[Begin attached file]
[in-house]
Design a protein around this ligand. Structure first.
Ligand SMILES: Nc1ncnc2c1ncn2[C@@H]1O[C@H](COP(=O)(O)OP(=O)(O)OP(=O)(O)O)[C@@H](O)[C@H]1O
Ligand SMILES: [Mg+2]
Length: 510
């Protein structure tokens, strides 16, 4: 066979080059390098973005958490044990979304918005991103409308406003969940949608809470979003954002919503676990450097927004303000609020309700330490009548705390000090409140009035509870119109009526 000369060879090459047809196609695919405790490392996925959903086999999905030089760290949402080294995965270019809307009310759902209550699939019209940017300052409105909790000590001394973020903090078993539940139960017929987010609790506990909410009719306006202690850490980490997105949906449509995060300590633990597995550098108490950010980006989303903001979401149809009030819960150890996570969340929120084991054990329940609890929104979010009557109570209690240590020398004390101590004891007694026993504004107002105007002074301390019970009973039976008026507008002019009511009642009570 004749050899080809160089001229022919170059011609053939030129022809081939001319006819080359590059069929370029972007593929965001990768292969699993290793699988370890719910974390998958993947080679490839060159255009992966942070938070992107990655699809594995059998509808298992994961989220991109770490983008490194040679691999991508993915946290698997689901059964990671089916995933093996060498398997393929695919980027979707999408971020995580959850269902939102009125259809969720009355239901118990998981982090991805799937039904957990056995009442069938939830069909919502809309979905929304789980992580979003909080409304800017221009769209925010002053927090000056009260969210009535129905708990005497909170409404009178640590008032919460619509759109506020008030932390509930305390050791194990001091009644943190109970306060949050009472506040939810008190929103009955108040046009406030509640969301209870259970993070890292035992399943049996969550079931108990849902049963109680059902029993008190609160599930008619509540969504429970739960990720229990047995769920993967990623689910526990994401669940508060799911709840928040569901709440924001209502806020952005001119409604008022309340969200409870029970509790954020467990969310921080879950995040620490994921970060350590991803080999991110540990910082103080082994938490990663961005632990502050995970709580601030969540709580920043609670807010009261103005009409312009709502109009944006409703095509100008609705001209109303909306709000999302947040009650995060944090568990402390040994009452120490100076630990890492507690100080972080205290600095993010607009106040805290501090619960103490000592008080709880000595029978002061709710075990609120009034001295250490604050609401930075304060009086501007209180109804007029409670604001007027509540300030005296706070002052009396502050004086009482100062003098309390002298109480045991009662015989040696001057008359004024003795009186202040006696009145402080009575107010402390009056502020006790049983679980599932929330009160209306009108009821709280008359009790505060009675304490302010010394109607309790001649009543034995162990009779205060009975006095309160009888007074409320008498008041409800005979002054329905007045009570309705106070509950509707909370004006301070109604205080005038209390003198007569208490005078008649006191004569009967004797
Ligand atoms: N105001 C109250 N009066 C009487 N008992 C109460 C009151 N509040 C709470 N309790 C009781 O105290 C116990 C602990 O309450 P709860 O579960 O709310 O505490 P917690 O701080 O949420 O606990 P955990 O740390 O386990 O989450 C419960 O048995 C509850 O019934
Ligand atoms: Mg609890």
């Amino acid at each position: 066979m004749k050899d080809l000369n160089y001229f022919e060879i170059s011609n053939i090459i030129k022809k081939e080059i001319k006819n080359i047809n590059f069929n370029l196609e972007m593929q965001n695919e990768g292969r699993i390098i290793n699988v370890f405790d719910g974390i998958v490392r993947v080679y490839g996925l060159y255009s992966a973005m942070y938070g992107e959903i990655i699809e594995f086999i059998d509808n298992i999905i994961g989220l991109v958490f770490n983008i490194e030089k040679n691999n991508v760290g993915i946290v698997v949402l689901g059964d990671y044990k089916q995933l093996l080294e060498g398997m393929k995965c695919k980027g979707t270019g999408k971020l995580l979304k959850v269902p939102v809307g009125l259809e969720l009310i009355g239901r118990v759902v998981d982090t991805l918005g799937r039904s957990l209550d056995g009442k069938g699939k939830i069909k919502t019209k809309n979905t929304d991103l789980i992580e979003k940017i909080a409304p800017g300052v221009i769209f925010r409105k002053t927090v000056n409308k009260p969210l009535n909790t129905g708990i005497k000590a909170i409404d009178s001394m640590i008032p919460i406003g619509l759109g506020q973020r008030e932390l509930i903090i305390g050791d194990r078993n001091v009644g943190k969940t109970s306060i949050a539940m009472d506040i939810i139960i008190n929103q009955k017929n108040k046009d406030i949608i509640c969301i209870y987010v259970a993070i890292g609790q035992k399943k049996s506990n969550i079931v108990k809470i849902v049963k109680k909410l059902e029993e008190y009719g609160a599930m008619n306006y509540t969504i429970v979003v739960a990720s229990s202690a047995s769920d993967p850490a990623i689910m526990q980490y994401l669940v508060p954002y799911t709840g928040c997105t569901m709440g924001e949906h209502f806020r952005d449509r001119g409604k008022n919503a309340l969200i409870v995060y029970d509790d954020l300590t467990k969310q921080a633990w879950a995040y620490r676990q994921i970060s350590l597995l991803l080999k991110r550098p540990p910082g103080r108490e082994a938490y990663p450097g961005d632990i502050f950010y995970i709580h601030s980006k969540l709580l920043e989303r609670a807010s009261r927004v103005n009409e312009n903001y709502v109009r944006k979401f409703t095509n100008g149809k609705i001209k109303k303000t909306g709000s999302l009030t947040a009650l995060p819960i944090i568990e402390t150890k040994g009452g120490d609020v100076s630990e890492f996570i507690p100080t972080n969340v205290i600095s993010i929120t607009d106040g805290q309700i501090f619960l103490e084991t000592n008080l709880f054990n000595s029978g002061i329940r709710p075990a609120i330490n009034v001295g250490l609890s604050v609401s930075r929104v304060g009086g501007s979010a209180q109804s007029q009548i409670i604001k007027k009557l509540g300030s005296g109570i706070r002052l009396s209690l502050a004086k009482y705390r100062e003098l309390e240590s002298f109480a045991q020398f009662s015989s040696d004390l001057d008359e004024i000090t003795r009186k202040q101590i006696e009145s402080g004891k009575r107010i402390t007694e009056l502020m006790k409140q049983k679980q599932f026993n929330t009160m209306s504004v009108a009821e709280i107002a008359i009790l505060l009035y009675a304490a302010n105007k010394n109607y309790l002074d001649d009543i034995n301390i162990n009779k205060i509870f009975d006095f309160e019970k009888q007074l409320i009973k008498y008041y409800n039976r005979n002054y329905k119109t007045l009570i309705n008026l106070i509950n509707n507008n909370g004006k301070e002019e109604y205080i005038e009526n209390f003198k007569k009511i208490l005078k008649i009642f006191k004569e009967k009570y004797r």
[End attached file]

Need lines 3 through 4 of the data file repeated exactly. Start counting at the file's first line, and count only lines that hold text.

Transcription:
Ligand SMILES: Nc1ncnc2c1ncn2[C@@H]1O[C@H](COP(=O)(O)OP(=O)(O)OP(=O)(O)O)[C@@H](O)[C@H]1O
Ligand SMILES: [Mg+2]